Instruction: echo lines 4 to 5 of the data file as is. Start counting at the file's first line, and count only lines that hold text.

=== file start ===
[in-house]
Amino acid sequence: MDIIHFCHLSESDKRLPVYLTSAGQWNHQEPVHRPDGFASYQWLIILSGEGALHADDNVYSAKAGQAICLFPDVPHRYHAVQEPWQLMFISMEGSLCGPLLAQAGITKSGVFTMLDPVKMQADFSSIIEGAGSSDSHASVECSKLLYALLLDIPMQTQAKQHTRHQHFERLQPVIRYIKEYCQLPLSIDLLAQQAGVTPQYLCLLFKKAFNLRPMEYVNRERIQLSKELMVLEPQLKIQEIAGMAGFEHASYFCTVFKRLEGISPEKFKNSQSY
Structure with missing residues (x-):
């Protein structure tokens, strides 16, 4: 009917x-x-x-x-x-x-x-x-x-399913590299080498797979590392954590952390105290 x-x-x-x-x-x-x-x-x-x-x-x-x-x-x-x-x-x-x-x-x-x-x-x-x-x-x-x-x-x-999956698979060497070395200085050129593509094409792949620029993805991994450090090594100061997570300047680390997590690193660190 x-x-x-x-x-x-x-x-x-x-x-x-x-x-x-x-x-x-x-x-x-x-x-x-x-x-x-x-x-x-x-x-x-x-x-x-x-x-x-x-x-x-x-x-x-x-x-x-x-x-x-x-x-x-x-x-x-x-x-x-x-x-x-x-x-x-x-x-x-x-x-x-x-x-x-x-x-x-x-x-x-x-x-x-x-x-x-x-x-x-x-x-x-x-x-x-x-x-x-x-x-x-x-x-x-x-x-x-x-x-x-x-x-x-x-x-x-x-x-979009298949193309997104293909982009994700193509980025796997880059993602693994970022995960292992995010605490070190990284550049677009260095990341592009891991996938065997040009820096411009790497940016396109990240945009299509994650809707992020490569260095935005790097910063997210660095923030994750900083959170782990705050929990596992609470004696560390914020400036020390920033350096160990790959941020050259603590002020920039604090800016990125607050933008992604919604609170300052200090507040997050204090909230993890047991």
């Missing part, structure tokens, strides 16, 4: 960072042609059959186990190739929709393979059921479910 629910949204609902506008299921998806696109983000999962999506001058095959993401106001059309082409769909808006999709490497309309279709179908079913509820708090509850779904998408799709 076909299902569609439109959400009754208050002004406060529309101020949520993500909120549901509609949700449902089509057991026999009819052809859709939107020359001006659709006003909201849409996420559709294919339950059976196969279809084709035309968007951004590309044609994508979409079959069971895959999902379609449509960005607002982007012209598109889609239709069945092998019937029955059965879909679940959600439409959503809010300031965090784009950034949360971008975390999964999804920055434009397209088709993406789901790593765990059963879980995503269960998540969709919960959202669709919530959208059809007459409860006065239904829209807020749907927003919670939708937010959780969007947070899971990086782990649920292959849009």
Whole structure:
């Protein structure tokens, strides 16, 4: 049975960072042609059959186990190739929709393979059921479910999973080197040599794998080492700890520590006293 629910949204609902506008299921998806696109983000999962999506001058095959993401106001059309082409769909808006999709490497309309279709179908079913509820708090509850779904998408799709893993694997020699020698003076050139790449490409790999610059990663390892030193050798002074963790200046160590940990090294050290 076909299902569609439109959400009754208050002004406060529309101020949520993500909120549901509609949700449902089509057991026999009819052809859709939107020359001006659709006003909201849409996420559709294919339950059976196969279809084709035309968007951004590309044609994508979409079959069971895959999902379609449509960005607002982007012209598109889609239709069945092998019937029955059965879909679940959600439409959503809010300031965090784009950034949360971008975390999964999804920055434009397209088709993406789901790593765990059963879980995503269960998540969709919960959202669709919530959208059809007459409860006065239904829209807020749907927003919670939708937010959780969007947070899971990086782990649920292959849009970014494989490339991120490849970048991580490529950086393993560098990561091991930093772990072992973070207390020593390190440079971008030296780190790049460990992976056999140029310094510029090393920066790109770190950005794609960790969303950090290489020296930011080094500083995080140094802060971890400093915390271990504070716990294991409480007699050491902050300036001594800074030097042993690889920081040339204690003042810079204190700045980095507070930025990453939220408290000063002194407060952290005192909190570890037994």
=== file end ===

């Protein structure tokens, strides 16, 4: 009917x-x-x-x-x-x-x-x-x-399913590299080498797979590392954590952390105290 x-x-x-x-x-x-x-x-x-x-x-x-x-x-x-x-x-x-x-x-x-x-x-x-x-x-x-x-x-x-999956698979060497070395200085050129593509094409792949620029993805991994450090090594100061997570300047680390997590690193660190 x-x-x-x-x-x-x-x-x-x-x-x-x-x-x-x-x-x-x-x-x-x-x-x-x-x-x-x-x-x-x-x-x-x-x-x-x-x-x-x-x-x-x-x-x-x-x-x-x-x-x-x-x-x-x-x-x-x-x-x-x-x-x-x-x-x-x-x-x-x-x-x-x-x-x-x-x-x-x-x-x-x-x-x-x-x-x-x-x-x-x-x-x-x-x-x-x-x-x-x-x-x-x-x-x-x-x-x-x-x-x-x-x-x-x-x-x-x-x-979009298949193309997104293909982009994700193509980025796997880059993602693994970022995960292992995010605490070190990284550049677009260095990341592009891991996938065997040009820096411009790497940016396109990240945009299509994650809707992020490569260095935005790097910063997210660095923030994750900083959170782990705050929990596992609470004696560390914020400036020390920033350096160990790959941020050259603590002020920039604090800016990125607050933008992604919604609170300052200090507040997050204090909230993890047991």
């Missing part, structure tokens, strides 16, 4: 960072042609059959186990190739929709393979059921479910 629910949204609902506008299921998806696109983000999962999506001058095959993401106001059309082409769909808006999709490497309309279709179908079913509820708090509850779904998408799709 076909299902569609439109959400009754208050002004406060529309101020949520993500909120549901509609949700449902089509057991026999009819052809859709939107020359001006659709006003909201849409996420559709294919339950059976196969279809084709035309968007951004590309044609994508979409079959069971895959999902379609449509960005607002982007012209598109889609239709069945092998019937029955059965879909679940959600439409959503809010300031965090784009950034949360971008975390999964999804920055434009397209088709993406789901790593765990059963879980995503269960998540969709919960959202669709919530959208059809007459409860006065239904829209807020749907927003919670939708937010959780969007947070899971990086782990649920292959849009």